Scuderi, M. M., Marone, C., Tinti, E., Di Stefano, G. & Collettini, C. Precursory changes in seismic velocity for the spectrum of earthquake failure modes. Nat. Geosci. 9, 695–700 (2016).
Rivière, J., Lv, Z., Johnson, P. A. & Marone, C. Evolution of bvalue during the seismic cycle: Insights from laboratory experiments on simulated faults. Earth Planet. Sci. Lett. 482, 407–413 (2018).
Trugman, D. T. et al. The spatiotemporal evolution of granular microslip precursors to laboratory earthquakes. Geophys. Res. Lett. 47, e2020GL088404 (2020).
Torrence, C. & Compo, G. P. A practical guide to wavelet analysis. Bull. Am. Meteorol. Soc. 79, 61–78 (1998).
Gholamy, A. & Kreinovich, V. Why Ricker wavelets are successful in processing seismic data: towards a theoretical explanation. 2014 IEEE Symposium on Computational Intelligence for Engineering Solutions (CIES) 11–16 (IEEE, 2014).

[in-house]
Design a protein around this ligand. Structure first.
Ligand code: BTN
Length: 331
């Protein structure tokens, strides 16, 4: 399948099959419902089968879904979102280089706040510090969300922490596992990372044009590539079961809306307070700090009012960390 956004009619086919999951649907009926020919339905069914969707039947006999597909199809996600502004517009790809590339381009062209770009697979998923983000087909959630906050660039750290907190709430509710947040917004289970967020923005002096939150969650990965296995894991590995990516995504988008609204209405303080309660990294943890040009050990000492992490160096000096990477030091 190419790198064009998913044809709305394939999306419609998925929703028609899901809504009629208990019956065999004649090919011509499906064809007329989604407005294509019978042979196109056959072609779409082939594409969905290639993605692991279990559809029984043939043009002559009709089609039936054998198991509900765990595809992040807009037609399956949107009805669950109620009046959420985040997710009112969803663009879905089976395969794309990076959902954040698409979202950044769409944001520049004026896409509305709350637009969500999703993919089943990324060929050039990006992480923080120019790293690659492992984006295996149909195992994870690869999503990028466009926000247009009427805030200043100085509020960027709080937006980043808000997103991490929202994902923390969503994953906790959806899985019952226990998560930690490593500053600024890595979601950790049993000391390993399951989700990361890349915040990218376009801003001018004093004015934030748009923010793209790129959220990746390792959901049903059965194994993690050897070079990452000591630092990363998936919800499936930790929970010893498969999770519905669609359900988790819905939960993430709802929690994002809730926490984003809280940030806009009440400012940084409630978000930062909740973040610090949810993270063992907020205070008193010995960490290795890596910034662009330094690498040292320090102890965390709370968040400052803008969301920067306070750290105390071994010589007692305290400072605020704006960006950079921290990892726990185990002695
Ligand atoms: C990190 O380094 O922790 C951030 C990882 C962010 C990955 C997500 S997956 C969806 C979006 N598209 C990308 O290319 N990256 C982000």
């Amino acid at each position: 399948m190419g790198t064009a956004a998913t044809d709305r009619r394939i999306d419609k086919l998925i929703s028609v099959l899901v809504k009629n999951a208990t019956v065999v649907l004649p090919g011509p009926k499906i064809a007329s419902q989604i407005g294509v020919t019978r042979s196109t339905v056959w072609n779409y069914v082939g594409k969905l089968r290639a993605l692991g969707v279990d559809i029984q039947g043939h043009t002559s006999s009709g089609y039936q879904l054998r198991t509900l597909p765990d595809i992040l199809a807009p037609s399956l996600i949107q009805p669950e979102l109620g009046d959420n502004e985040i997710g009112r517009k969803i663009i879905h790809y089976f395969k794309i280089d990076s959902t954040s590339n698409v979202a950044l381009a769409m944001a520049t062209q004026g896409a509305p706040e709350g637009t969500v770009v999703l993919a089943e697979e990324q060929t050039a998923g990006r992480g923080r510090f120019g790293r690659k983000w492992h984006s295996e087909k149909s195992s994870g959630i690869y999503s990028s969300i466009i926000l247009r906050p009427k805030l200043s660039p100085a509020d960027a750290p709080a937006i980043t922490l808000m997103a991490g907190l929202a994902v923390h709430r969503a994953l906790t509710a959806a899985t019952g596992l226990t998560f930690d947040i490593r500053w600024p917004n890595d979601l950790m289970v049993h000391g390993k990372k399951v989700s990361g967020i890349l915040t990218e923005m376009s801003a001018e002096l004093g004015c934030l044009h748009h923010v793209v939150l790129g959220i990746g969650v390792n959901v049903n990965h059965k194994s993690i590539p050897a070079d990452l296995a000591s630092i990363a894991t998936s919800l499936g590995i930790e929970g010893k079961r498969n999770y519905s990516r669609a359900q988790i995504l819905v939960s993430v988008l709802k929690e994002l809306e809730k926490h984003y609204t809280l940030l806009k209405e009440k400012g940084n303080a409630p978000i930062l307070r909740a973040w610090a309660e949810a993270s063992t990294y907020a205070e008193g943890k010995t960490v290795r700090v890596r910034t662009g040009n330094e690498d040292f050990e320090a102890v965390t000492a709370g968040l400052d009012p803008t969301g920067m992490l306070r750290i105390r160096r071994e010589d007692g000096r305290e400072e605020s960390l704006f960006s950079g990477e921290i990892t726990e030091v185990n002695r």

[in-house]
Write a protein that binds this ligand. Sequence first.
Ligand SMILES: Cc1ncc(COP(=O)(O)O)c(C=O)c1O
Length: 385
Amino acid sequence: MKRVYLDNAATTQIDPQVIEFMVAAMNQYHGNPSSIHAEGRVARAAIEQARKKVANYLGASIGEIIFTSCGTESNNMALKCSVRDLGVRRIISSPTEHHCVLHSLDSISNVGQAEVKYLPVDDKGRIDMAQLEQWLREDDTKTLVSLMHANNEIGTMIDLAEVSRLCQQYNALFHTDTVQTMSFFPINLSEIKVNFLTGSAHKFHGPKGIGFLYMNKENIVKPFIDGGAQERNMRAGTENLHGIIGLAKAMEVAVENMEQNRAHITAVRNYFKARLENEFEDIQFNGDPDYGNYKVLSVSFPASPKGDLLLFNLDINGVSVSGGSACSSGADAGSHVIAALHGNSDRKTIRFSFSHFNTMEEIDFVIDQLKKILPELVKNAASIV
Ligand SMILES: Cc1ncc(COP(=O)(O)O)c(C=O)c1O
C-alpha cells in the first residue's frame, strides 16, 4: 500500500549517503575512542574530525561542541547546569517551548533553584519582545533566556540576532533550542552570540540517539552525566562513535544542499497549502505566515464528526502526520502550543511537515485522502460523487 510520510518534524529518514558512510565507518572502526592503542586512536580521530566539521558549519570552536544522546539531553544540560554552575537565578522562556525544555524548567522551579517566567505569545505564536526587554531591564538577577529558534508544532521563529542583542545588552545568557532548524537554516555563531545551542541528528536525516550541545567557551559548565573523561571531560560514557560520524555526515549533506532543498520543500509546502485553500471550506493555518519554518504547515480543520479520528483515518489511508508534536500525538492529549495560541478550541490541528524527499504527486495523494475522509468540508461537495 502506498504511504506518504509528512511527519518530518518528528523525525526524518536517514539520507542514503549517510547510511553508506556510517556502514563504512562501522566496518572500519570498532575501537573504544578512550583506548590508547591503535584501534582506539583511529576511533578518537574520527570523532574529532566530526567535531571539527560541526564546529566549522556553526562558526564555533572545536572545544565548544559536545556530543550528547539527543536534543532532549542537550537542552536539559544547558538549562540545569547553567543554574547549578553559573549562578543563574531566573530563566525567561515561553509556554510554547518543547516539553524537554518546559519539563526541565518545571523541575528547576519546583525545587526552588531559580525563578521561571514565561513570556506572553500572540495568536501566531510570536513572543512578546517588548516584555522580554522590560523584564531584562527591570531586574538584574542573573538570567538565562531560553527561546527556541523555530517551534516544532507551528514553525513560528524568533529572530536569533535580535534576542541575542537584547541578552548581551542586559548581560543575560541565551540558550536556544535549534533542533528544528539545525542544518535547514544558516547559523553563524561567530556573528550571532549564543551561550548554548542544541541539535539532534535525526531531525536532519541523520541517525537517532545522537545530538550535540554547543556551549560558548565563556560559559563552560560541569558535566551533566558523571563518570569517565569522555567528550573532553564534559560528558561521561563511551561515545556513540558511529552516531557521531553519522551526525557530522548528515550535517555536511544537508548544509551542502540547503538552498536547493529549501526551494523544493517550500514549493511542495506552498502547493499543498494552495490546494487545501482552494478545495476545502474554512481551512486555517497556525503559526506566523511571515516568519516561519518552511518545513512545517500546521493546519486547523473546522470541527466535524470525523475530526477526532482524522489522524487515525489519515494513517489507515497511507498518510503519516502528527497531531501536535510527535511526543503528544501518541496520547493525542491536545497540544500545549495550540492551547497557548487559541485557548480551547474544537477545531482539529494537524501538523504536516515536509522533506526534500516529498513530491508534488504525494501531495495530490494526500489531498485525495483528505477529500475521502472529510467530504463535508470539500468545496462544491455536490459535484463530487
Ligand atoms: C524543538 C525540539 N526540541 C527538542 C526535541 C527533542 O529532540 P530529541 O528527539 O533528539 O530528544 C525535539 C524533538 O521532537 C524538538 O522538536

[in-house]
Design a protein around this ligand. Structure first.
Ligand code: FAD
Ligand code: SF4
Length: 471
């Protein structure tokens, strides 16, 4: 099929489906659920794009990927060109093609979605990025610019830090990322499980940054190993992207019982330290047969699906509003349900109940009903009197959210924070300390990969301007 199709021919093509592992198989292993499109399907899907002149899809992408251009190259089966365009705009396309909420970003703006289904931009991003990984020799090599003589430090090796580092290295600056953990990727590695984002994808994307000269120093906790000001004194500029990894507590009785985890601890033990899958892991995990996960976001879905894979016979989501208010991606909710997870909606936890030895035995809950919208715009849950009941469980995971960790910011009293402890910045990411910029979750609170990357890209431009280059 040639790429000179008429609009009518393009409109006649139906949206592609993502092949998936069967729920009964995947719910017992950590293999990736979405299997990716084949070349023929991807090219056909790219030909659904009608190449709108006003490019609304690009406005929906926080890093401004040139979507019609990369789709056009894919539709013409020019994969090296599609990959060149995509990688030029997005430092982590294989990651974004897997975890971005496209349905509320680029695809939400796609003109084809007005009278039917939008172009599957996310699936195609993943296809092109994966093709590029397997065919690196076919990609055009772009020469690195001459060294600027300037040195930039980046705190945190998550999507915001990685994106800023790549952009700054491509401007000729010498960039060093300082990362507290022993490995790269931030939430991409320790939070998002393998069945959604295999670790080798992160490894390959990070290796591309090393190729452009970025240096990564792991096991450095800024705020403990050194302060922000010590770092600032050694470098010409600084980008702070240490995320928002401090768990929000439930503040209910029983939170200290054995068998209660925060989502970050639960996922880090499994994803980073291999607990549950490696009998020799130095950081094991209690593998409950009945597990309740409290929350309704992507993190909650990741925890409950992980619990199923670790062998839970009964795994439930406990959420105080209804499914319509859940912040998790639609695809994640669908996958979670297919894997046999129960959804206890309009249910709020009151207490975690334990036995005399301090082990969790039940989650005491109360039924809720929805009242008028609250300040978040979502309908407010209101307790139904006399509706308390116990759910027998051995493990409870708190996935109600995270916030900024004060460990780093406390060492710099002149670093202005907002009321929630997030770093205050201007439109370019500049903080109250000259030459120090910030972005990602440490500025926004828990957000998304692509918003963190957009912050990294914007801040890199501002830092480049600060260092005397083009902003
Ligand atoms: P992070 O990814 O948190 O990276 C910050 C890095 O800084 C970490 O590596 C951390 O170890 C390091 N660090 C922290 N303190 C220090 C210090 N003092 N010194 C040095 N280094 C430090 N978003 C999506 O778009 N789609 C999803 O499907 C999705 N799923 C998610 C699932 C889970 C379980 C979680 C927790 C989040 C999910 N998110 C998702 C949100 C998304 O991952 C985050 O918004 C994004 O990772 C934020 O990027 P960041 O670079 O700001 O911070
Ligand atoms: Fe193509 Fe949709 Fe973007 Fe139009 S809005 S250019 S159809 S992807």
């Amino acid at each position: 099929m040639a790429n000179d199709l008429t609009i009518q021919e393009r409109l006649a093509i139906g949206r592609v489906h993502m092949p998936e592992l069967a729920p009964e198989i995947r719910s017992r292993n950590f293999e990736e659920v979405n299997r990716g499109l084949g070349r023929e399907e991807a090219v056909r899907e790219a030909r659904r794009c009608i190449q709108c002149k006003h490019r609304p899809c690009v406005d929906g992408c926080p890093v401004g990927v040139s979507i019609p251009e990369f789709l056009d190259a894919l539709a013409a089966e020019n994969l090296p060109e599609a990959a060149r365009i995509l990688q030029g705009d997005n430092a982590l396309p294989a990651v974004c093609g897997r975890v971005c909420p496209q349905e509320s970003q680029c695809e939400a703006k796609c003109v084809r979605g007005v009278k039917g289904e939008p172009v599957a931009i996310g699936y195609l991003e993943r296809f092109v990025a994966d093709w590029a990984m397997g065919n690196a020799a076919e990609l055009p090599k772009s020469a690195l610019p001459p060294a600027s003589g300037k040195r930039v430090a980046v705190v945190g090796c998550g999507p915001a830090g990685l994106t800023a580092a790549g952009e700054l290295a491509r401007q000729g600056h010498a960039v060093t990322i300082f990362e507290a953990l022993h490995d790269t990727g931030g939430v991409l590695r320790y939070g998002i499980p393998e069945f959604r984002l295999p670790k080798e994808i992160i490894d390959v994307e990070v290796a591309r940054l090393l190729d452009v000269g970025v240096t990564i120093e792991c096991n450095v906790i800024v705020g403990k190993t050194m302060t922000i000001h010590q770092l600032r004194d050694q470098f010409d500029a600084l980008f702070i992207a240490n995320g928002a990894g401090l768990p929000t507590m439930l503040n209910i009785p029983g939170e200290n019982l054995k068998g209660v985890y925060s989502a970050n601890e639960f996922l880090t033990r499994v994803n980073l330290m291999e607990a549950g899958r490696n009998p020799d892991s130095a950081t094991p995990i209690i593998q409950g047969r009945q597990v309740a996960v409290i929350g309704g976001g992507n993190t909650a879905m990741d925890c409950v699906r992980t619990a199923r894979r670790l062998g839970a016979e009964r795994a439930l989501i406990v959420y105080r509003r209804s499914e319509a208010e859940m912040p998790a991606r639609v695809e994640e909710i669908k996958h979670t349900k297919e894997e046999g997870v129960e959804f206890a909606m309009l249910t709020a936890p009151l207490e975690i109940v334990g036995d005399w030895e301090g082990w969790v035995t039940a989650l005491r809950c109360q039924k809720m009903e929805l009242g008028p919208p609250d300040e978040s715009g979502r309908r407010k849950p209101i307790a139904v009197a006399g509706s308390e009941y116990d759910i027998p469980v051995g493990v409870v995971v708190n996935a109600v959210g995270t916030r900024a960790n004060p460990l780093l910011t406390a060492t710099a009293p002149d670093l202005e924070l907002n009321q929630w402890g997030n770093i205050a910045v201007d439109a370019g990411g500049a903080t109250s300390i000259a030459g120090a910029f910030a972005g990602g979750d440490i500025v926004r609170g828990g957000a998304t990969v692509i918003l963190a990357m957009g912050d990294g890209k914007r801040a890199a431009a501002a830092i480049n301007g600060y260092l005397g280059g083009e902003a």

Ronneberger, O., Fischer, P., & Brox, T. Unet: convolutional networks for biomedical image segmentation. In International Conference on Medical Image Computing and ComputerAssisted Intervention 234–241 (Cornell University, 2015).
Wang, K. et al. A physicsinformed and hierarchically regularized datadriven model for predicting fluid flow through porous media. J. Comput. Phys. 443, 110526 (2021).
Chollet, F. Xception: deep learning with depthwise separable convolutions. In Proceedings of the IEEE Conference on Computer Vision and Pattern Recognition 1251–1258 (Cornell University, 2017).
Acknowledgements
K.W., K.C.B., and P.A.J. acknowledge support by the U.S. Department of Energy, Office of Science, Office of Basic Energy Sciences, Chemical Sciences, Geosciences, and Biosciences Division under grant 89233218CNA000001. K.W. acknowledges additional support by the Center for Nonlinear Studies (CNLS) at Los Alamos National Laboratory. C.W.J. and K.W.B. acknowledge Institutional Support (Laboratory Directed Research and Development under projects 20200681PRD1 and 20210686ECR, respectively, at the Los Alamos National Laboratory. We thank Chris Marone for the laboratory data and Ke Gao for the numerical simulation data.